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My family name is Pirrip and my Christian name is Philip. As a kid I couldn’t say it right so it became Pip. So call me Pip.

Pirrip comes from the tomb of my father. I never met him. Nor my mother for that part. My sister married a kind blacksmith, Joe Gargery. I live with them here In swampy southeast England.

Give us your name, boy!

I often come here to my parents’ grave and think of who they were. I think my father was dark and square with curly hair. In my dreams my mother is freckled and sickly…

Ay! Pip! Please don’t cut my throat, sir. I beg!

Young dog! What fat cheeks you’ve got. I think, I’ll cut one to eat. Please, you wouldn’t do that, sir!

Who do you live with supposing I let you live?

Blacksmith, huh?

Now look here! Where’s your mother?

There. In this grave, sir! With my father, sir.

Look here! Bring me a file and food from the smith. Or I will cut your heart and liver out. And come alone! Yes, sir. I will, sir.

My sister – Mrs Gargery, wife of the blacksmith.

I ran home without stopping.

Cheese, meat pie, brandy. My sister will hit me harder than ever…

And a file, check. That’s all he asked for.

That must be him.

I woke him up,

I ran swiftly back through the morning mist to the graveyard. After some time I found the first convict.

but he struck me and disappeared.

What’s that bottle?

I think you have got the fever, sir.

Brandy, sir.

I think you’re right!

Let me have.

The convict munched the food. He stared distrustfully at me, stopping only to listen to sounds. You didn’t bring anyone did you?

No, sir. No!

I believe you.

Aren’t you going to leave any food for him?


The man here who wears the same clothes as you.

Haha, don’t worry boy, only me here.

It looked like he wanted some.

This man - how did he look?

What? Looked? When, where?

Over there, sleeping, I thought it was you.

He wore the same dress and chain as you.

He had a scar big as a hand in his face. Not here?

Show me the way he went. I’ll pull him down like a bloodhound. Curse this sore iron on my leg. Give me the file boy! Yes there!

While the convict filed the leg irons, I slipped away and ran home.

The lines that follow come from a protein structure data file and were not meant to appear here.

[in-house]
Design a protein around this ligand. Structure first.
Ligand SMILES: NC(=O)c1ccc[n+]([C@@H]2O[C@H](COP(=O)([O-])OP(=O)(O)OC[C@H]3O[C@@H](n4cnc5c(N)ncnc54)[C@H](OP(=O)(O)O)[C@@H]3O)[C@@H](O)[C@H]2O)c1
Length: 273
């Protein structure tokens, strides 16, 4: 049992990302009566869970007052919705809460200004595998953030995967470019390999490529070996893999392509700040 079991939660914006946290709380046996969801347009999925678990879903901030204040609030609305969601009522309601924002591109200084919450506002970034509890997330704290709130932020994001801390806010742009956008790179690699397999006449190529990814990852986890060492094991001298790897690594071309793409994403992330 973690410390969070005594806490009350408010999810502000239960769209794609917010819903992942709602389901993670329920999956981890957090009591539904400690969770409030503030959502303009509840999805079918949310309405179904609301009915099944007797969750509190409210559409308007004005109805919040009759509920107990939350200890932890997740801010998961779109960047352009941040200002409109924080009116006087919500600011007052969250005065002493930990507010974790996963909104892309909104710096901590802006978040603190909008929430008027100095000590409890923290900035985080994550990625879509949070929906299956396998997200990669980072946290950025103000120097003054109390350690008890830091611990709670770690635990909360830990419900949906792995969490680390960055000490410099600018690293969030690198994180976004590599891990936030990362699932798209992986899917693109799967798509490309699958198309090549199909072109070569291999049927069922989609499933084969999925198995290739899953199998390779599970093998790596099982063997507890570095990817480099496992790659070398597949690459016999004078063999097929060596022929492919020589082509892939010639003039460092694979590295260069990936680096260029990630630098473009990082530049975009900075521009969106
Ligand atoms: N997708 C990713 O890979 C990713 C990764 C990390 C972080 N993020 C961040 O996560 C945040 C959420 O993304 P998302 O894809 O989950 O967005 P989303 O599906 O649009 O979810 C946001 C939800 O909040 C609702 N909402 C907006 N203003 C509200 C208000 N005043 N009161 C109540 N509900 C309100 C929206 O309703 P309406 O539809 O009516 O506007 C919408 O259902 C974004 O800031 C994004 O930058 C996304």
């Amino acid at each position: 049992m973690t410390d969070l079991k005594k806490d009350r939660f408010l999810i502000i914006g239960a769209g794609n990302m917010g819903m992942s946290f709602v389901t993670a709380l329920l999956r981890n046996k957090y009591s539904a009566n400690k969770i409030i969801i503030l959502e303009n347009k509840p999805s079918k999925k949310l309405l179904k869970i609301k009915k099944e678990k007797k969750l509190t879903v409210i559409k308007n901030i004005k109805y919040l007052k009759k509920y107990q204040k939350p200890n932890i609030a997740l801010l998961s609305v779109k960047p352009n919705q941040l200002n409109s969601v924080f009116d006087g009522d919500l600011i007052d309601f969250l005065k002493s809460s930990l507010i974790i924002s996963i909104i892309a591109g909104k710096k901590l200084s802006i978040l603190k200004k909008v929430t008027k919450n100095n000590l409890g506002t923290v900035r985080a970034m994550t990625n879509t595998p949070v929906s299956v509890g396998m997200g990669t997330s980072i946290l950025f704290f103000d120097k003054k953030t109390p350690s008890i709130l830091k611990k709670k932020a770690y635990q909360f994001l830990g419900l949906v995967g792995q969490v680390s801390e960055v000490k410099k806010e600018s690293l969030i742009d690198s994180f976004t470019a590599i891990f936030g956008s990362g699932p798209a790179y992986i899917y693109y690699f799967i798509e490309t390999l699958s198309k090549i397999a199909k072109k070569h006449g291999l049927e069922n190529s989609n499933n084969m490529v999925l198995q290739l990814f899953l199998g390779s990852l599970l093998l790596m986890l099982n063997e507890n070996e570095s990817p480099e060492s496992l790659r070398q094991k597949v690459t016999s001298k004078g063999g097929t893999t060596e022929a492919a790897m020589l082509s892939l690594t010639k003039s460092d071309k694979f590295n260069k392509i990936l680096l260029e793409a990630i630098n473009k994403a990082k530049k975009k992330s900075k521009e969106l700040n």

Oh what have I done! Stealing for a convict….

Surely the police will be at Joe’s house.

Well at home there was a Christmas meal. Joe’s uncle, Mr. Pumblechook was the annual guest.

Did you hear what uncle Mr. Pumblechook said? Be grateful!

Here, dear child. Have some gravy, Pip.

Be grateful boy to those who brought you up by a tough hand.

Joe bring the brandy.

Knock knock!

Where is the blacksmith?

Who is that interrupting Christmas?

My God, what do you want with him?

Just this job done.

How far is it to the swamps from here?

Just one mile.

The lock goes wrong and the coupling act pretty. We need them for immediate service. Will you throw your eye over them?

Two of them. They escaped out to the swamps. Anybody seen ‘em?


Convicts, sergeant?

Let’s see if we can help the soldiers to find the convicts.

I hope we won’t. Over here!

So what, convict? Hand-cuff ‘em both!

Guard! I have the convict here.

I don’t expect and gratitude. I took him – he knows. That’s enough for me.

I wish to say something about this escape.

Say it convict. But you’re off to jail anyways. I took some food and a file up at the blacksmith’s.

That’s okay. We wouldn’t want you to starve. Would we Pip?

No, Joe.

They took the convict away and things went back to normal.

And I can’t even read!

Hi! We brought good news. Pip is allowed to play at Havisham’s estate.

I got top grades in the exam Joe!

Lady Havisham was an ultra-rich eccentric old lady. My sister always spoke of her. So the next day we went.

Pip is it? Come in Pip, alone! I am Estella.

This is the hidden room of the lady of the house. Go on boy!

What name please?

Pumblechook, and this is Pip.

This is the great Satis house. wow...

After you!

Don’t be ridiculous, boy! I’m not going in!

Look at me! You aren’t afraid, are you?

I sometimes have sick thoughts that I want to see someone play. Here, cards. Play, play play!

Let me see you play with this boy!

With him? Why, he is just a common labourer’s boy.

No-o, madam.

It’s all so new and beautiful here. I can’t. So new to him! So old to me! Call in Estella!

Well, you can break his heart…

What do you play boy?

What coarse hands this boy has! What thick boots!

Anything else?

Estella gracelessly gave me some bread and meat. By her manner, I felt like a dog in disgrace…

Beggar him!

Nothing but “Beggar my neighbour”, Miss!

She has a hard tone towards you, Pip! What do you think of her?

Very insulting!

Why don’t you cry, boy?

Whisper in my ear.

Me thinks she is very pretty!

Soon the game was over and I was dismissed and told to come back next week…

Estella, take him down and arrange food for him.

Because I don’t want to!

You do and you are near crying now!

The following day, I was called to the local pub to meet Joe. There, I met a stranger…



Mr. Gargery, I have got a bright, new shilling, and this boy shall have it.

Your son?


I was suddenly surprised as the stranger twinkled his eye and then displayed a file to stir his glass – the very same file that I had given to the convict in the churchyard

‘Tis very good of you, sir.

The stranger took his leave of Joe and me but not before he had pressed some crumpled paper into my hand. It’s two silver pounds!

He must have made a mistake. I’ll go after him!

The days passed and I found himself again visiting Miss Havisham’s gloomy house…